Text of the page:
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PSU for ATX Pent IV to replace orig Newton NPS-250EB A

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August 10, 2008 6:05:37 AM

Hi, All!
I am trying to replace the blown out Newton (NPS-250EB A) PSU in my older Gateway 710XL computer. The original PSU was only 250Watts and I would like to increase that to at least 350-400Watts with the replacement, if I could. My questions for the forum are:
1) Can I go from a 250W to a 400-450W PSU in this computer? Or is there such a thing as too much power?

2) The Dynex 400W PSU I bought as a replacement does not have the P10 connector that the Newton had. Thus, I am short one connection on the motherboard. Would this cause the PSU not to fire up at all when I tested it after having connected all other cables?

3) Where can I get a PSU with the extra P10 cable? Hardly any of the PSU's I have found online have it.

4) If I can't get a PSU that fits my case with the P10 cable, is it possible to get an adapter of some sort to that I can plug into one of the unused SATA connectors on one side and plug the other end into the P10 slot on the motherboard? Would this cause any power/heat problems?

5) The old Newton has a fan bolted to the external top. None of the PSU's I've seen on the market today have this. Is this necessary for cooling or just an added bonus that Gateway installed? It sits right next to the heat sink and I suppose it used to do a good job of blowing cool air right over the sink. But can I get away without this arrangement now?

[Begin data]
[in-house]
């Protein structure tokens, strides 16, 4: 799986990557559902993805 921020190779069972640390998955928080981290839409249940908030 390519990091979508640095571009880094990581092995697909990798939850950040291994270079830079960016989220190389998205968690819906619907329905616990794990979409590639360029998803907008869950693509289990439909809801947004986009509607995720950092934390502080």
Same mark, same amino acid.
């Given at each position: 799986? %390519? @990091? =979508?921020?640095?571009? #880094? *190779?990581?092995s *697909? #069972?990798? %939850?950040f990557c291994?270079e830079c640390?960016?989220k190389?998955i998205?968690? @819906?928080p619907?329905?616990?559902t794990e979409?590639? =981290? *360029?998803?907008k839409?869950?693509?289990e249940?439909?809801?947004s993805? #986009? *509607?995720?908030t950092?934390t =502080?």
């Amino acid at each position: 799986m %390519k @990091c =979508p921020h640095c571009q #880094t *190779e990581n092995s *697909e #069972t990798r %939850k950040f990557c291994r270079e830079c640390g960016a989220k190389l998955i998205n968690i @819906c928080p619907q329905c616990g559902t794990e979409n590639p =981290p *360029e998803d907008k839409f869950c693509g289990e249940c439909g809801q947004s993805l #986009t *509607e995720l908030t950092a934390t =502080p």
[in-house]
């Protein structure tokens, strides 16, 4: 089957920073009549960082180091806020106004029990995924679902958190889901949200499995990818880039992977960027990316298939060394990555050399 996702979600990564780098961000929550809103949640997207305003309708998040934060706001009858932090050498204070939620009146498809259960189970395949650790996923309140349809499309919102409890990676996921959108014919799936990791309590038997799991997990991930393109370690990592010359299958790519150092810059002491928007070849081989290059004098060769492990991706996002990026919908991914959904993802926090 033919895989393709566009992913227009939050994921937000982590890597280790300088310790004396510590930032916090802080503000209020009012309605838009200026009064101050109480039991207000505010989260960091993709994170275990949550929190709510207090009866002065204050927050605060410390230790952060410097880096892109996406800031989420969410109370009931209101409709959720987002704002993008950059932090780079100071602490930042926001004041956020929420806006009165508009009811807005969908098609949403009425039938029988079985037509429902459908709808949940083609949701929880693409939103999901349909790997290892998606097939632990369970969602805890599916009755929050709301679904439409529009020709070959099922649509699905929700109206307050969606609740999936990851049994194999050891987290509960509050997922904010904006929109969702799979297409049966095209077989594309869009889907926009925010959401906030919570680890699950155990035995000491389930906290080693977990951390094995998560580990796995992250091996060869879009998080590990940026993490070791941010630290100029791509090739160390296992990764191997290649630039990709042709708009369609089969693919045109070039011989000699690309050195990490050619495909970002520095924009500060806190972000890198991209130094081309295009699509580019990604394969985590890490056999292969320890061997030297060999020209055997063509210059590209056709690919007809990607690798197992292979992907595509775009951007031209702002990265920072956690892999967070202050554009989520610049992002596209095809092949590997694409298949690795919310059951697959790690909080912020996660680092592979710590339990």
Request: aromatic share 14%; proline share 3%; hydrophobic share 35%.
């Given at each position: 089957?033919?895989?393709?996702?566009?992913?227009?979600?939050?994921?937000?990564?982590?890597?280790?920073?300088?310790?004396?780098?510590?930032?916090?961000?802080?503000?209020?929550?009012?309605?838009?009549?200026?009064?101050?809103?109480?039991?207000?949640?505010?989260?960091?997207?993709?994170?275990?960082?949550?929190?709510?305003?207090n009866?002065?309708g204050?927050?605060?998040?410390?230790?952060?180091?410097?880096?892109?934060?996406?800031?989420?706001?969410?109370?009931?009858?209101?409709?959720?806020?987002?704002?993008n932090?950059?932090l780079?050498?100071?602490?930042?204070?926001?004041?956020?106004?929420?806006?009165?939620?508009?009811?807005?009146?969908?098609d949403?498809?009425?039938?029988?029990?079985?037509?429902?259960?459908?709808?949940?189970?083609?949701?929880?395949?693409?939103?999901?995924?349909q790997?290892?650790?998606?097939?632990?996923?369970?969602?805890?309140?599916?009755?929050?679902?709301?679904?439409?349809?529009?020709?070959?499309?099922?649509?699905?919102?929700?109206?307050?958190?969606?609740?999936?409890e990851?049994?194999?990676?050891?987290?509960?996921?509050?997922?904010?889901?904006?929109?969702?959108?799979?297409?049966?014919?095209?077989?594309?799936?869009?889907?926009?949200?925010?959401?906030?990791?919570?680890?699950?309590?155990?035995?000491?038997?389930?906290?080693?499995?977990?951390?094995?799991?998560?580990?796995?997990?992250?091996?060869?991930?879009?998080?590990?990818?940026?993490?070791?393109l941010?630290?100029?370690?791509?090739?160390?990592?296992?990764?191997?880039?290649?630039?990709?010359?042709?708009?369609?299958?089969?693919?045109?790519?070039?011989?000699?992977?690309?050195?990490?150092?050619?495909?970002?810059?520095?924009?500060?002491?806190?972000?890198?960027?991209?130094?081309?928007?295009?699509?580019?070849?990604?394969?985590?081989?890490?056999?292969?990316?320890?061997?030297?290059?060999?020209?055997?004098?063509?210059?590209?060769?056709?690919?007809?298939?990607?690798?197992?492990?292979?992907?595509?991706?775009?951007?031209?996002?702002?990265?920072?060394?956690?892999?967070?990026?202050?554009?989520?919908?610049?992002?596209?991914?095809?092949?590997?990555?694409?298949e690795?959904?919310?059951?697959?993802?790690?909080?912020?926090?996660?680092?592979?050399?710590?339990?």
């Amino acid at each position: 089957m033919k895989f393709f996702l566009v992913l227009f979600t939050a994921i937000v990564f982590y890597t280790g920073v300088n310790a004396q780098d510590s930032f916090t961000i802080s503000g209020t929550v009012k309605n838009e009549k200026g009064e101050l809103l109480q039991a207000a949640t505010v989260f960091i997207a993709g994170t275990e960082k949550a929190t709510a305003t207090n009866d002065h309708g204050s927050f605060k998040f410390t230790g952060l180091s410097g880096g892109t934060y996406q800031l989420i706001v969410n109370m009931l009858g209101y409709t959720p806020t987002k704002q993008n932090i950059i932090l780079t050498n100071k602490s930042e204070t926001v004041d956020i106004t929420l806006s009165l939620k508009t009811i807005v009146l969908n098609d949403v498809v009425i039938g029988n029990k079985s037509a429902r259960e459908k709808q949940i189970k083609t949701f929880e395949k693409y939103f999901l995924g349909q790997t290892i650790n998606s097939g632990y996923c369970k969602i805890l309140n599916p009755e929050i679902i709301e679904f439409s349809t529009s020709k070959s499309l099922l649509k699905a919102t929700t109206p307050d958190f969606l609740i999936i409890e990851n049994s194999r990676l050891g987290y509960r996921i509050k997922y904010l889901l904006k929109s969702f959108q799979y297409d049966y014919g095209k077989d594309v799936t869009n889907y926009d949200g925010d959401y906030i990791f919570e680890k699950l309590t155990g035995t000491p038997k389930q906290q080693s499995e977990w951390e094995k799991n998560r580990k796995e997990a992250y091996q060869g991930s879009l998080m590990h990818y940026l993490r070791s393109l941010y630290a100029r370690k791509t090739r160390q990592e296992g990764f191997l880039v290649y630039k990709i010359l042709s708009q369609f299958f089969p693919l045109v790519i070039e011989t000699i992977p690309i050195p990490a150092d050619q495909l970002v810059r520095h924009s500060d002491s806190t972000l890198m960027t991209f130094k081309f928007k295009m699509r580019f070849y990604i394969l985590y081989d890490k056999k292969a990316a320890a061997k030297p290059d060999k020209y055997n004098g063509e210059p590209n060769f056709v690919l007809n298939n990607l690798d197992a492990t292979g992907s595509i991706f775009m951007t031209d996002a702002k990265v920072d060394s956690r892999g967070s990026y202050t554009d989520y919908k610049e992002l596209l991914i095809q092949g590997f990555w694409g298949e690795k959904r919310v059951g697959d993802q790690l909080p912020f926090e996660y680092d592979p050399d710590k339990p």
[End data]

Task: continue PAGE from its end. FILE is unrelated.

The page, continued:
Sorry to be so full of questions but I'm more of a software guru. I don't usually work on hardware. But I couldn't see paying $150 to the local teenager to install a new PSU when it's just a matter of a few snap in plugs! :kaola: 

Thanks! :) 

More about : psu atx pent replace orig newton nps 250eb

August 10, 2008 6:23:20 AM

Good PSU aren't Cheap.
Not really such a thing as too much power, its all 12v/5v the more watts, make it more upgradable later. You may want more like 600W for a High Power PCI-e GFX Card, assuming ur not on AGP, then 550W should do.
but a 300w will allow for more HDD's, fans, lights, etc..

You need to make sure that it has the right motherboard connection.
I'm guessing a (20pin) + (p4 which is 4pin).
Dunno what a P10 cable is? Think you mean p4? 4pin mobo connector?

http://www.ecrater.com/product.php?pid=2159142
They sell a 300w PSU that is compatible with ur old Newton (NPS-250EB A)

Check Specs for PSU temparatures, some have better cooling than others.
Try ThermalTake, OCZ, PC power & Cooling, Coolmaster.
They are all top brands, you pay for what you get though, and power can be the difference in a stable system and one that reboots when it feels like its overworked.

August 10, 2008 11:23:46 PM

Quote:
You need to make sure that it has the right motherboard connection.
I'm guessing a (20pin) + (p4 which is 4pin).
Dunno what a P10 cable is? Think you mean p4? 4pin mobo connector?